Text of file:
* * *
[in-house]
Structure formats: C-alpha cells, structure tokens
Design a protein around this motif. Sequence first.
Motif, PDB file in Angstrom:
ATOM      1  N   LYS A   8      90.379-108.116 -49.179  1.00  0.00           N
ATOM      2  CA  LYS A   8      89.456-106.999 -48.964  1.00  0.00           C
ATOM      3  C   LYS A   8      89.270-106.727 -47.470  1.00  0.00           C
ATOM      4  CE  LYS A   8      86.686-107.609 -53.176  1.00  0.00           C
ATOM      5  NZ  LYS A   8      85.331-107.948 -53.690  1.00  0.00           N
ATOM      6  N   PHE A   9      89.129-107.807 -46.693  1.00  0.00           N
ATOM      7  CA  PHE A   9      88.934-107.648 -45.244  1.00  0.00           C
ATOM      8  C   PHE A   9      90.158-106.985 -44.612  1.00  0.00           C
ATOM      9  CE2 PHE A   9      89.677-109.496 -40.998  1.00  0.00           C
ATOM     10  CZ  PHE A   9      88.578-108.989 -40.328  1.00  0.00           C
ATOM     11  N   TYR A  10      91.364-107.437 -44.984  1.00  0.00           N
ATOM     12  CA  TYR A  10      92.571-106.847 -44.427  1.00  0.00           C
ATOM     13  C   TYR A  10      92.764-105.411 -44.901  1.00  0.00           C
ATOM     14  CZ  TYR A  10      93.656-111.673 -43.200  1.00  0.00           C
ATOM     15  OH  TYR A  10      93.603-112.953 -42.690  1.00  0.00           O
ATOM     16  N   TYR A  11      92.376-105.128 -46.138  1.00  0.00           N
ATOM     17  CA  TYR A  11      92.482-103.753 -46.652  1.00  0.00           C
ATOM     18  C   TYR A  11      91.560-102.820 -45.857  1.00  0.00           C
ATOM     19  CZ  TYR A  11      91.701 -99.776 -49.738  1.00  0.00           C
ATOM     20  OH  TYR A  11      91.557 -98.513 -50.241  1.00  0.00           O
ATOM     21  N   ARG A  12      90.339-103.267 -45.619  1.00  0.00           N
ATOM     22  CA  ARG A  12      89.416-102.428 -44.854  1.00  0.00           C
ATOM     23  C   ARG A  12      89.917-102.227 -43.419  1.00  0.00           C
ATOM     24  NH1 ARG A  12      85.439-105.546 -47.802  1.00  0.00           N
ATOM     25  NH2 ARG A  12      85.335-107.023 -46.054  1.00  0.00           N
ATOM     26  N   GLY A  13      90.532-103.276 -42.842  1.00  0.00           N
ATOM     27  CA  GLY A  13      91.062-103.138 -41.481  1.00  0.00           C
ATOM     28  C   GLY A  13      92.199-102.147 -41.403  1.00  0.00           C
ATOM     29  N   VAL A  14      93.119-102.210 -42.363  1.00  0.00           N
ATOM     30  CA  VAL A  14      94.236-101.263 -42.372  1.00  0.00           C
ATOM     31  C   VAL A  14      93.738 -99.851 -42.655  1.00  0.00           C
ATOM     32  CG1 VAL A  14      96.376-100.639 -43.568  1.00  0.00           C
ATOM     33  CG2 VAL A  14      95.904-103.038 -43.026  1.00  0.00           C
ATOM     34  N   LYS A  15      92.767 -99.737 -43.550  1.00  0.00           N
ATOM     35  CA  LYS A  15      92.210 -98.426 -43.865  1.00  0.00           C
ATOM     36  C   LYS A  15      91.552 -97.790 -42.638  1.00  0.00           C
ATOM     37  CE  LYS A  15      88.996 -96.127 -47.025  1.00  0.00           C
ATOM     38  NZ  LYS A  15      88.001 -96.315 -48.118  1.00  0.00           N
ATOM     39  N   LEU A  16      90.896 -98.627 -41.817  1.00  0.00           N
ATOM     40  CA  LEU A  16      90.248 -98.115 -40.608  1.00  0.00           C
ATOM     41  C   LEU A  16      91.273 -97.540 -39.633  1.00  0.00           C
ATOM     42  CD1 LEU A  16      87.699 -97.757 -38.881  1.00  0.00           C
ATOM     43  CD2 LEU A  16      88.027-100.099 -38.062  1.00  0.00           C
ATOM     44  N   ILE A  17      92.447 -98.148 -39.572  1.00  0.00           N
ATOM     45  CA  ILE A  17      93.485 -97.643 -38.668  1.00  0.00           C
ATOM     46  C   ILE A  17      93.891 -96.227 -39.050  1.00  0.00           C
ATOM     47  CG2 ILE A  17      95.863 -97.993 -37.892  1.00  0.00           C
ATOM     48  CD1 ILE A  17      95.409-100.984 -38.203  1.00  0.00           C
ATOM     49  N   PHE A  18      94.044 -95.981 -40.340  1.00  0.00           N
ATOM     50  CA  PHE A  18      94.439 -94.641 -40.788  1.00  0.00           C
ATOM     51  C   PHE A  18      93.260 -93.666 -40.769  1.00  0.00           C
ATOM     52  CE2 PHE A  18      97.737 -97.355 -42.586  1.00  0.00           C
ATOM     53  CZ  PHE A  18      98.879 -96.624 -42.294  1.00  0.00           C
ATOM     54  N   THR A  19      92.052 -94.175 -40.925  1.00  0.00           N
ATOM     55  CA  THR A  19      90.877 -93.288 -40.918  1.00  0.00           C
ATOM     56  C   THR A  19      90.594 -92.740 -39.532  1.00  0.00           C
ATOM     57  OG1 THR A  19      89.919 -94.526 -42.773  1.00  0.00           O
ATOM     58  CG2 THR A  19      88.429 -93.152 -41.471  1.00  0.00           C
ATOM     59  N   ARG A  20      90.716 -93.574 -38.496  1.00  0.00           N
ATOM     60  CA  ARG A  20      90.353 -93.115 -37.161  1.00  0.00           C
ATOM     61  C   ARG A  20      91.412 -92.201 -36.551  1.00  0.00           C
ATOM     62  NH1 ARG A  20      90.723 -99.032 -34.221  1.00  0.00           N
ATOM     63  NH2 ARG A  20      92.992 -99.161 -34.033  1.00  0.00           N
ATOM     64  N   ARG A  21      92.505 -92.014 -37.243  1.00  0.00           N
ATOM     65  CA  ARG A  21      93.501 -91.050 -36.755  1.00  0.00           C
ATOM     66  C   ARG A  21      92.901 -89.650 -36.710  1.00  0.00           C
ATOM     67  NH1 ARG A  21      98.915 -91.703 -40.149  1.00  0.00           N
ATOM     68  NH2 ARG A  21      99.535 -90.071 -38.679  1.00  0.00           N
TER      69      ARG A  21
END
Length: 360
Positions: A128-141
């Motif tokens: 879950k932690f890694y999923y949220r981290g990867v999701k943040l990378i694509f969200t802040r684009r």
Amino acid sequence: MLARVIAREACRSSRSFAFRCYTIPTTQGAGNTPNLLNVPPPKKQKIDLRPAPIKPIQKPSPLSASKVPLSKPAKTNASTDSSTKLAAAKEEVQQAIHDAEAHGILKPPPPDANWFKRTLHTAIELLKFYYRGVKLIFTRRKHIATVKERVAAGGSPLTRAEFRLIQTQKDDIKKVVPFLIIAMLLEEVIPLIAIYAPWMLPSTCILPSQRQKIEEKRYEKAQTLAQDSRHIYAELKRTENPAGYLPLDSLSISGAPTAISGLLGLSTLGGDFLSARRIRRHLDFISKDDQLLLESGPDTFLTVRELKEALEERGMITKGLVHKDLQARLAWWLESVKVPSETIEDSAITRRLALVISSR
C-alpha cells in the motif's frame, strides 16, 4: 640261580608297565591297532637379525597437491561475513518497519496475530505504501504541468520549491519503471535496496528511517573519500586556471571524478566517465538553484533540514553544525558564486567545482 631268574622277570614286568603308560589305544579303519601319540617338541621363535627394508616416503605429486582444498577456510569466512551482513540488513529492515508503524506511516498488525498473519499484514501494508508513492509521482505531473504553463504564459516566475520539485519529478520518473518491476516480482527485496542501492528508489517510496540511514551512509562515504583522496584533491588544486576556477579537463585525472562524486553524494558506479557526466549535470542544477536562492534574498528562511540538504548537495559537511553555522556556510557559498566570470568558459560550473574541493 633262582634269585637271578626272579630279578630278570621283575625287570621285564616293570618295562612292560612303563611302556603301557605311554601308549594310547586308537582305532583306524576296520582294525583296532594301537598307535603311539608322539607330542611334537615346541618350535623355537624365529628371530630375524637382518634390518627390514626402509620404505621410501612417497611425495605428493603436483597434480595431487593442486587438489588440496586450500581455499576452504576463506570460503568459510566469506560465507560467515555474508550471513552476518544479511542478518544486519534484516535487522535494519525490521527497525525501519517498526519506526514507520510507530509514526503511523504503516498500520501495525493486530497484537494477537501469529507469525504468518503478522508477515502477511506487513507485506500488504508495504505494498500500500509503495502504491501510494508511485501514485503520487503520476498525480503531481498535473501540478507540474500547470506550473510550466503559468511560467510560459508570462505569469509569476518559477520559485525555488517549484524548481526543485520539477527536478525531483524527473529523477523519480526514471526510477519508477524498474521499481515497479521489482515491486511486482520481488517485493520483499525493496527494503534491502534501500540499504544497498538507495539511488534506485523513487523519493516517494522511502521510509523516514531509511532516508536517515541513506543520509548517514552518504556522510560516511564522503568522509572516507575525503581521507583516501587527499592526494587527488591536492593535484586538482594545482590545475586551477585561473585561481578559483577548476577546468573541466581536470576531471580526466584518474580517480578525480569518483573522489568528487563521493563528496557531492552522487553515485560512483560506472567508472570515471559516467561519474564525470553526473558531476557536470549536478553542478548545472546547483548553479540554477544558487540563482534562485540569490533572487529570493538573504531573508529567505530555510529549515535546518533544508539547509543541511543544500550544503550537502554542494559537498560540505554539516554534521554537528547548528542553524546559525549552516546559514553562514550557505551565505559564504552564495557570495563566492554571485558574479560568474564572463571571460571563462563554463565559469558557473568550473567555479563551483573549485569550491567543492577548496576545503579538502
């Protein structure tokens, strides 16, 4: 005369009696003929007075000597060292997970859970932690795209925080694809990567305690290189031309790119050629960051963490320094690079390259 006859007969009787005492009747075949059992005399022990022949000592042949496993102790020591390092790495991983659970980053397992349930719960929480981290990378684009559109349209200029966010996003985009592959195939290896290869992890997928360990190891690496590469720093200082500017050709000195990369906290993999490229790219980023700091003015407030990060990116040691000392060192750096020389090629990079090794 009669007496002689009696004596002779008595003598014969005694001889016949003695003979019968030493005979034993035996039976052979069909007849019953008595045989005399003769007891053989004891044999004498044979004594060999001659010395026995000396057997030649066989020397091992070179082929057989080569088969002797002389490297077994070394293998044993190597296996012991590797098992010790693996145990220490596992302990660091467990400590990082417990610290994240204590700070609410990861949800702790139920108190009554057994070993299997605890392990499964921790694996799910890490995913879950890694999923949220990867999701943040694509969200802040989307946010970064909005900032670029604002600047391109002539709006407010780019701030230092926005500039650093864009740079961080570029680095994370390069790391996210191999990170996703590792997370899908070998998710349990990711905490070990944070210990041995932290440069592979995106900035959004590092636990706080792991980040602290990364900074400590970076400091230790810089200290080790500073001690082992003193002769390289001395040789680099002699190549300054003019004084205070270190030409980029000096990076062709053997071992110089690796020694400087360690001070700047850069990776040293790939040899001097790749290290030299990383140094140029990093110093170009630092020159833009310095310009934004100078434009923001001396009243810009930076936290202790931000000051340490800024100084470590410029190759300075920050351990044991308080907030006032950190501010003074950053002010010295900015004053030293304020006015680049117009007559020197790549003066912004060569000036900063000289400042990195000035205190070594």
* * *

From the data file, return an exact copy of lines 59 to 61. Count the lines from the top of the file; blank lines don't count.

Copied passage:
ATOM     55  CA  THR A  19      90.877 -93.288 -40.918  1.00  0.00           C
ATOM     56  C   THR A  19      90.594 -92.740 -39.532  1.00  0.00           C
ATOM     57  OG1 THR A  19      89.919 -94.526 -42.773  1.00  0.00           O